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Which States Have No Fault Divorce?

by
author image A.L. Kennedy
A.L. Kennedy is a professional grant writer and nonprofit consultant. She has been writing and editing for various nonfiction publications since 2004. Her work includes various articles on nonprofit law, human resources, health and fitness for both print and online publications. She has a Bachelor of Arts from the University of South Alabama.
Which States Have No Fault Divorce?
A close-up of a woman taking off her wedding ring. Photo Credit BernardaSv/iStock/Getty Images

A "no-fault" divorce is any divorce in which the spouse asking for divorce does not have to prove that the other spouse did anything wrong. Often, it is enough simply to state that the parties cannot successfully get along anymore. Most U.S. states offer no-fault divorce, but a few require a period of separation before a no-fault divorce will be granted.

States with No-Fault Divorce and No Waiting Period

The states that offer no-fault divorce without requiring a period of separation are: Alaska Arizona California Colorado Florida Georgia Indiana Iowa Kansas Kentucky Maine Massachusetts Michigan Mississippi Missouri Montana Nebraska New Hampshire New Mexico North Dakota Oklahoma Oregon South Dakota Washington Wisconsin Wyoming

In these states, a couple may obtain a no-fault divorce without first meeting any separation requirement. Some of these states also offer legal separation instead of divorce.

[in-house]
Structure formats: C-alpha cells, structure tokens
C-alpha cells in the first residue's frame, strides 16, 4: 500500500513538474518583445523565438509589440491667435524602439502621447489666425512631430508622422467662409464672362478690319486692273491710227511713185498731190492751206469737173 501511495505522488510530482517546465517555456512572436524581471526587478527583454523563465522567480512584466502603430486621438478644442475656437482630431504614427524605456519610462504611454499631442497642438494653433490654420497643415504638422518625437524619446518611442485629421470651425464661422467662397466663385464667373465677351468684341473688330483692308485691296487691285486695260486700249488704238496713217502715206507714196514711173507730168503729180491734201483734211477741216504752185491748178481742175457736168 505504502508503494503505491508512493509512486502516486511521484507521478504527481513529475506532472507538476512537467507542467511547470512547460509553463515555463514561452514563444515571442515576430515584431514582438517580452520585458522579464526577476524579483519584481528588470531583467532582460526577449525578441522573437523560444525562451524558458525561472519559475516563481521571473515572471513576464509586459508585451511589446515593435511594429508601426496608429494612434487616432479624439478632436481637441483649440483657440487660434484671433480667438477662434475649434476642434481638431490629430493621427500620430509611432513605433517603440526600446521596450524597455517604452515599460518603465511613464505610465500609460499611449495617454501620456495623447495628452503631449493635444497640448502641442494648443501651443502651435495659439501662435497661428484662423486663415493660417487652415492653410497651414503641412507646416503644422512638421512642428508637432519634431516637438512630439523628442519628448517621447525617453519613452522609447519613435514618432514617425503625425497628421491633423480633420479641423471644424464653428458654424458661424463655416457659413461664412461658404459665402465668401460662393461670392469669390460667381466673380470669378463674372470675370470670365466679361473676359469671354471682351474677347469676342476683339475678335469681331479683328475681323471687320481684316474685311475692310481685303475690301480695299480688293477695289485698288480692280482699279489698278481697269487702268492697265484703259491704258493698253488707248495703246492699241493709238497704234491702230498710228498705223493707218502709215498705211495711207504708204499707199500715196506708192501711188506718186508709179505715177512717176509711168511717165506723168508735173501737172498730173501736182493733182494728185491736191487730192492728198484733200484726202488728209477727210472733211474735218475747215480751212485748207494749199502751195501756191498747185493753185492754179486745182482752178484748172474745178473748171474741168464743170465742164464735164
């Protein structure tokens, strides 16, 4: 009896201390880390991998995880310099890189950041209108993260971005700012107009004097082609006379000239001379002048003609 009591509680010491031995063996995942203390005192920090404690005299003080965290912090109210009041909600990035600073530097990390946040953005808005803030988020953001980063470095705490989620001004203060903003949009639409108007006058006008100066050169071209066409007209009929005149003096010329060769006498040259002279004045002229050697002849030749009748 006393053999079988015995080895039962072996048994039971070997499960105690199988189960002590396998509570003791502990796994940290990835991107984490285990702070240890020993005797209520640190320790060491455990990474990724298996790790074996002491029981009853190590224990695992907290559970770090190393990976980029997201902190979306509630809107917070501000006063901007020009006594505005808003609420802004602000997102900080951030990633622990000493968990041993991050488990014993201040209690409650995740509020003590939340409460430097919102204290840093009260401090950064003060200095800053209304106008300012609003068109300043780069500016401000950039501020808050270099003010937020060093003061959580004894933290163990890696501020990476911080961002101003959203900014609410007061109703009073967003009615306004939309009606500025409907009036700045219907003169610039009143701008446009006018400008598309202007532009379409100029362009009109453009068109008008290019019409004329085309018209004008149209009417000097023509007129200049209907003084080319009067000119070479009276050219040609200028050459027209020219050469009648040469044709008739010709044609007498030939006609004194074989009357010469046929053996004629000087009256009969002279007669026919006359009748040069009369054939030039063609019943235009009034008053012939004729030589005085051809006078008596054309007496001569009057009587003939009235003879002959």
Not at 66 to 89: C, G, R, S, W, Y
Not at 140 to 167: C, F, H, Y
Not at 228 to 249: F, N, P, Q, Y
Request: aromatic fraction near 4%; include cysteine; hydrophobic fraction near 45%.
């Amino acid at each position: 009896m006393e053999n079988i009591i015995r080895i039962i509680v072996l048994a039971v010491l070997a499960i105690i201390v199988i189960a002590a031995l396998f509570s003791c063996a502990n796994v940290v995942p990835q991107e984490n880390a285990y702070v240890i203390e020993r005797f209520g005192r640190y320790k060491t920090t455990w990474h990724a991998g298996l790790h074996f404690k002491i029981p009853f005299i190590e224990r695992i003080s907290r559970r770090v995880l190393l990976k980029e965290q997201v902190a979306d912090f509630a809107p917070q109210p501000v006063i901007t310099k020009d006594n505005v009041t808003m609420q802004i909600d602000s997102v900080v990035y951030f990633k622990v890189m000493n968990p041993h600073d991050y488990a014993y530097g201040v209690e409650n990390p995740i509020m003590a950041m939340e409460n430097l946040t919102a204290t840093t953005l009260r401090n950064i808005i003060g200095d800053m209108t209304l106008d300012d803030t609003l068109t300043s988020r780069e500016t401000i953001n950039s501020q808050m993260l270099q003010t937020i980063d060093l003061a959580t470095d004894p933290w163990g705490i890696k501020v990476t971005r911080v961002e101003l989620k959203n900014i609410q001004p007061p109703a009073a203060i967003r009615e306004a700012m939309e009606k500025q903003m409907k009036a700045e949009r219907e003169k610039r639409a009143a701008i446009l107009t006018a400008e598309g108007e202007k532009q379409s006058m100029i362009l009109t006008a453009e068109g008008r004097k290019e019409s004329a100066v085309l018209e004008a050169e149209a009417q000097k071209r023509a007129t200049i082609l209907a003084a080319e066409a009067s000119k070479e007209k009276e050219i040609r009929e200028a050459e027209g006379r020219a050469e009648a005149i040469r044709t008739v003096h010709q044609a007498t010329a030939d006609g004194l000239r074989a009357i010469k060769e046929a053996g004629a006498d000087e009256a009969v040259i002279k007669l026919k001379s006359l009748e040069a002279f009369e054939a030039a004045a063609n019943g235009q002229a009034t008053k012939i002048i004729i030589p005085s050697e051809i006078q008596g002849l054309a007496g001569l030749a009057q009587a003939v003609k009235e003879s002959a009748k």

No-Fault Divorce With Separation Requirement

Some states require the parties to live apart for a minimum length of time before seeking a no-fault divorce. The length of time required varies by state and ranges from 180 days to five years. The states that require a period of separation, and the minimum length of separation, are:

Alabama - 2 years Connecticut - 18 months Hawaii - 2 years Idaho - 5 years Illinois - 2 years Louisiana - 180 days Minnesota - 180 days Nevada - 1 year Ohio - 1 year Pennsylvania - 2 years Rhode Island - 3 years Tennessee - 2 years Texas - 3 years Utah - 3 years West Virginia - 1 year

No-Fault or Fault Divorce

Some U.S. states offer both a no-fault and a fault divorce option. Couples who do not want to observe the waiting period requirement are allowed to file for fault divorce. Some common grounds for fault include cruelty, adultery, desertion, confinement in prison or a similar institution, and inability to perform sexual intercourse, if this was not disclosed prior to the marriage. States that offer both no-fault and fault divorce include:

Alabama Alaska Connecticut Delaware Georgia Idaho Illinois Maine Massachusetts Mississippi New Hampshire New Mexico North Dakota Ohio Oklahoma Pennsylvania Rhode Island South Dakota Tennessee Texas Utah West Virginia

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